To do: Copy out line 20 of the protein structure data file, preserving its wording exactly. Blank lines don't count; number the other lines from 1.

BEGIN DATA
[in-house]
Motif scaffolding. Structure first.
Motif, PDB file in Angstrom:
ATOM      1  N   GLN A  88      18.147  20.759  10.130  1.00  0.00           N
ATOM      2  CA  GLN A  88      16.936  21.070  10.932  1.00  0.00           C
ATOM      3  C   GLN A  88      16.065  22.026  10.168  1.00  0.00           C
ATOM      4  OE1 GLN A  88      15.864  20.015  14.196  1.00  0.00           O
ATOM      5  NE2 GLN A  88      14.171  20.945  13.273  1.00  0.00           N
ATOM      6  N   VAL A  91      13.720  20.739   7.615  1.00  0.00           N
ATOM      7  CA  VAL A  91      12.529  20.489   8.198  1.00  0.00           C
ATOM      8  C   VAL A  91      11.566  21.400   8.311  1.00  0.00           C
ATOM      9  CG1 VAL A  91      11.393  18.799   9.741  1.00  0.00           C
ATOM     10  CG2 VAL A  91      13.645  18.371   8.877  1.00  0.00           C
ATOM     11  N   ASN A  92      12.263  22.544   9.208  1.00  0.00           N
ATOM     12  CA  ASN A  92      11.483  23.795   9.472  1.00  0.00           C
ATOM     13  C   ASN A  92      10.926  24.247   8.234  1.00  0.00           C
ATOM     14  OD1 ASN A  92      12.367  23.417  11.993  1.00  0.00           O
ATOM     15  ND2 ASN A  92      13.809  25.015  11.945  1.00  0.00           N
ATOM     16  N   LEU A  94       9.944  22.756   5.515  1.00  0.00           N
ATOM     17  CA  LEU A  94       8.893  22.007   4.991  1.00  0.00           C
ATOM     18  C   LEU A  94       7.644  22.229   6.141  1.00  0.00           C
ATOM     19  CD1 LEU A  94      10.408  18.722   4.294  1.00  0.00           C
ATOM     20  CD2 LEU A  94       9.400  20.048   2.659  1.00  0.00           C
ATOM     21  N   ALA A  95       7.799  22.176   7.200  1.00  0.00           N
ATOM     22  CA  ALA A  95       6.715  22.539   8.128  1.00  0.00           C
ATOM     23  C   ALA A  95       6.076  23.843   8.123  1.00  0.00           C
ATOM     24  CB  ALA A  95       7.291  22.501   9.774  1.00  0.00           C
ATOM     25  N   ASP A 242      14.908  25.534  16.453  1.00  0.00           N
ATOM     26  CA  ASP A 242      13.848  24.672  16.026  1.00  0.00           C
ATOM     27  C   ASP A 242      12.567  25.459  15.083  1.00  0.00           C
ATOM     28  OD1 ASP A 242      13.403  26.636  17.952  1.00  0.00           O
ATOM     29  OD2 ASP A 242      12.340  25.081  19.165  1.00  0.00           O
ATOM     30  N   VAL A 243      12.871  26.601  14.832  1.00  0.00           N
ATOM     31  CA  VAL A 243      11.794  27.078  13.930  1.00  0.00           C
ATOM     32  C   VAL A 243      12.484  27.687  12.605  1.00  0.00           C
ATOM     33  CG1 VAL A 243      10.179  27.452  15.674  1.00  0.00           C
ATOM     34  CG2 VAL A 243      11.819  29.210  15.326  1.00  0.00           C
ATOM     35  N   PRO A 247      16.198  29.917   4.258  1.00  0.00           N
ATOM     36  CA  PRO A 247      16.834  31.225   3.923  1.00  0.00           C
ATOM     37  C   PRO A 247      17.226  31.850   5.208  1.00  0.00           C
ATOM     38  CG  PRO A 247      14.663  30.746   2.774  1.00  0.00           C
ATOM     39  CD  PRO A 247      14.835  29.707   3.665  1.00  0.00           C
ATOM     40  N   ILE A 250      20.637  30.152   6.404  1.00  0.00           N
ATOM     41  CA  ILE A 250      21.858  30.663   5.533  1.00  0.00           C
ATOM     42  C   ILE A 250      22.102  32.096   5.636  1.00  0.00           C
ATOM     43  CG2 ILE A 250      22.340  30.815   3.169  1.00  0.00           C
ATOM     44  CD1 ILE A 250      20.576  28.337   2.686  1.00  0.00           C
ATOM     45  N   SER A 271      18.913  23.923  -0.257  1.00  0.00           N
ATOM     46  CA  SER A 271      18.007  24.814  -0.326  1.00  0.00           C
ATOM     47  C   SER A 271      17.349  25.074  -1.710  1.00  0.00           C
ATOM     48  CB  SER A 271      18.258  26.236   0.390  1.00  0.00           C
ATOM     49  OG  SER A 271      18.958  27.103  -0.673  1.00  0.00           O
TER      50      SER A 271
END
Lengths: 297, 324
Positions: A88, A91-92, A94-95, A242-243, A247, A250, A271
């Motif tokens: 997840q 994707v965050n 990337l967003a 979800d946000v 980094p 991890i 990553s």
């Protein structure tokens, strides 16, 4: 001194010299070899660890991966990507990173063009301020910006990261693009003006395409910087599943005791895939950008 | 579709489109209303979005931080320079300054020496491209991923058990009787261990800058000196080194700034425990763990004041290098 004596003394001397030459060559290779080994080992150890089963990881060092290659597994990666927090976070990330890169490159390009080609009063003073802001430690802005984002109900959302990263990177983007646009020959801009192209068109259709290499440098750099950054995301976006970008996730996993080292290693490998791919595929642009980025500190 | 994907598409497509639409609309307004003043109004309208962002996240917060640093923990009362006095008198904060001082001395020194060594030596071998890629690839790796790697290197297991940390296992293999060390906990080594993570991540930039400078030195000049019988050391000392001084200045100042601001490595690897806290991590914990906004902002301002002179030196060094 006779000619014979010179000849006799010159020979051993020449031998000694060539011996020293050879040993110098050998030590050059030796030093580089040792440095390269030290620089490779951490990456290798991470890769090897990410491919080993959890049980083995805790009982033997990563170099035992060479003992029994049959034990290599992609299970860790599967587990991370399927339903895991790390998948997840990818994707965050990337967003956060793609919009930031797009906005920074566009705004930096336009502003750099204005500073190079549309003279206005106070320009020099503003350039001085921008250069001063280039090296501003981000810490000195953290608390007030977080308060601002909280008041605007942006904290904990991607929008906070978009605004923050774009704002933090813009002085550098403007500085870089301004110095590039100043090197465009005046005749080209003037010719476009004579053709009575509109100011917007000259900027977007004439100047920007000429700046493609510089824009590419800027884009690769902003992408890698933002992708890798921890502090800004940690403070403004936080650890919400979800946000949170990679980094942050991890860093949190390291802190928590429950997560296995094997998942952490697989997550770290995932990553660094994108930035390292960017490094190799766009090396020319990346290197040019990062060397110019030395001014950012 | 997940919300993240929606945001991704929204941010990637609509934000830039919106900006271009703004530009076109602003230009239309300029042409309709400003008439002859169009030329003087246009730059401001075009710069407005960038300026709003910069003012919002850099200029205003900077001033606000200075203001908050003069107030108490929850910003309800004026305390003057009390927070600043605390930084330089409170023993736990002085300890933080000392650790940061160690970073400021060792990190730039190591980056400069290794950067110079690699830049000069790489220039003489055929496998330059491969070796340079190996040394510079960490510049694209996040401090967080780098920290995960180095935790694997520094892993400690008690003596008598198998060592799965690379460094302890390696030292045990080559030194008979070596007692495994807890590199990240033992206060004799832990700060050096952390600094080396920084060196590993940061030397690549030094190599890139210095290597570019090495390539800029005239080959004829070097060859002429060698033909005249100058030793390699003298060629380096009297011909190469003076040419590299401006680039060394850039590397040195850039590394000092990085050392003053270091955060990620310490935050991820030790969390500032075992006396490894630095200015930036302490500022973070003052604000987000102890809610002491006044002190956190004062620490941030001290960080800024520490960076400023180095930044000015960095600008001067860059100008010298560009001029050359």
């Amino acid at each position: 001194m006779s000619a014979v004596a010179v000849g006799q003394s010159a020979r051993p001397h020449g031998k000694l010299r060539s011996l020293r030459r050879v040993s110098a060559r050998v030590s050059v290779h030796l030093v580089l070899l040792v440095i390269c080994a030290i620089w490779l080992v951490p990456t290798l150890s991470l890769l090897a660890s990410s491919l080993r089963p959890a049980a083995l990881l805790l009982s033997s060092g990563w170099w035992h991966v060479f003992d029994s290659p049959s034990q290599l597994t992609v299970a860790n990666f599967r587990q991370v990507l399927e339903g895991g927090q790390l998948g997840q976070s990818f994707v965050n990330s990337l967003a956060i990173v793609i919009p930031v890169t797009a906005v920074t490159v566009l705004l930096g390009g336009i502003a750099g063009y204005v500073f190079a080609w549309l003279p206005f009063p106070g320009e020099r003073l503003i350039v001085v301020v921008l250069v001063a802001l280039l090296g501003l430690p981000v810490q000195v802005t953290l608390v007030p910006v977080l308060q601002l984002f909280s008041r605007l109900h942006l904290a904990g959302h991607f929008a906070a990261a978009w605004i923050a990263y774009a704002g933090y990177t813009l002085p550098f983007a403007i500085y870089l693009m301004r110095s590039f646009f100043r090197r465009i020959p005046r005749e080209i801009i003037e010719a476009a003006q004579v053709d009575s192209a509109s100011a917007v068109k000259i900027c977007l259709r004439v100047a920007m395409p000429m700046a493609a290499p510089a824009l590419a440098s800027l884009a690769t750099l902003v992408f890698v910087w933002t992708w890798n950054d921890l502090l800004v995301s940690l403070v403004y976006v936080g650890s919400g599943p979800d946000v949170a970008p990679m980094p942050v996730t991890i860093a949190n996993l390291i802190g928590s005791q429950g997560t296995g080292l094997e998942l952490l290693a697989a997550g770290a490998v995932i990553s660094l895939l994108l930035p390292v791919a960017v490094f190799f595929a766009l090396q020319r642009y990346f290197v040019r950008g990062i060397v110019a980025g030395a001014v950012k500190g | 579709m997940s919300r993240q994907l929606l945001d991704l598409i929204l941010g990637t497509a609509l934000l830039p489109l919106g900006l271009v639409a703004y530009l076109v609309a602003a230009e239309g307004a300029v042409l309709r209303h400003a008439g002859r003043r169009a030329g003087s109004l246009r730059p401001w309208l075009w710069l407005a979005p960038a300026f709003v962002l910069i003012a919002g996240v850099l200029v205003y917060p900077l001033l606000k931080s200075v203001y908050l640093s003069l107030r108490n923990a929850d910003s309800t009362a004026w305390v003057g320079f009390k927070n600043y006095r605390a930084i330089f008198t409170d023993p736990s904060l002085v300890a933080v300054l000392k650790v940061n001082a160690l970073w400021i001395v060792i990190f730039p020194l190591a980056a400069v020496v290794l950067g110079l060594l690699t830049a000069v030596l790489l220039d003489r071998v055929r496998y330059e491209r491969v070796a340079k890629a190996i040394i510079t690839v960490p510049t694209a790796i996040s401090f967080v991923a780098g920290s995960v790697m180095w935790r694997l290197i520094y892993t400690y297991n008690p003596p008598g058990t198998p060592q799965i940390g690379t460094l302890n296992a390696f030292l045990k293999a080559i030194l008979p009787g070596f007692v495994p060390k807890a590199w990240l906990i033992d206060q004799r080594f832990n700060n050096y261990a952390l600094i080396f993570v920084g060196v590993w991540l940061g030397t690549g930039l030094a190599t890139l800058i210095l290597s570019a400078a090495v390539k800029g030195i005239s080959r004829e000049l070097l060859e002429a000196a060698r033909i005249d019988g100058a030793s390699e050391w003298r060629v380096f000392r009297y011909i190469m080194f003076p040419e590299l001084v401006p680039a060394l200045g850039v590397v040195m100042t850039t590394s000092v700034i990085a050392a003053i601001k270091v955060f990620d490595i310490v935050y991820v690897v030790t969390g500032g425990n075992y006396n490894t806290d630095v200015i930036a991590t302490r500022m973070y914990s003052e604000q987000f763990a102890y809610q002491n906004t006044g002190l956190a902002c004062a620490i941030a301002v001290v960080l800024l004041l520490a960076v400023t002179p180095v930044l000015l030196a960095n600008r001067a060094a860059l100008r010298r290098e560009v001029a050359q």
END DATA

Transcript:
ATOM     17  CA  LEU A  94       8.893  22.007   4.991  1.00  0.00           C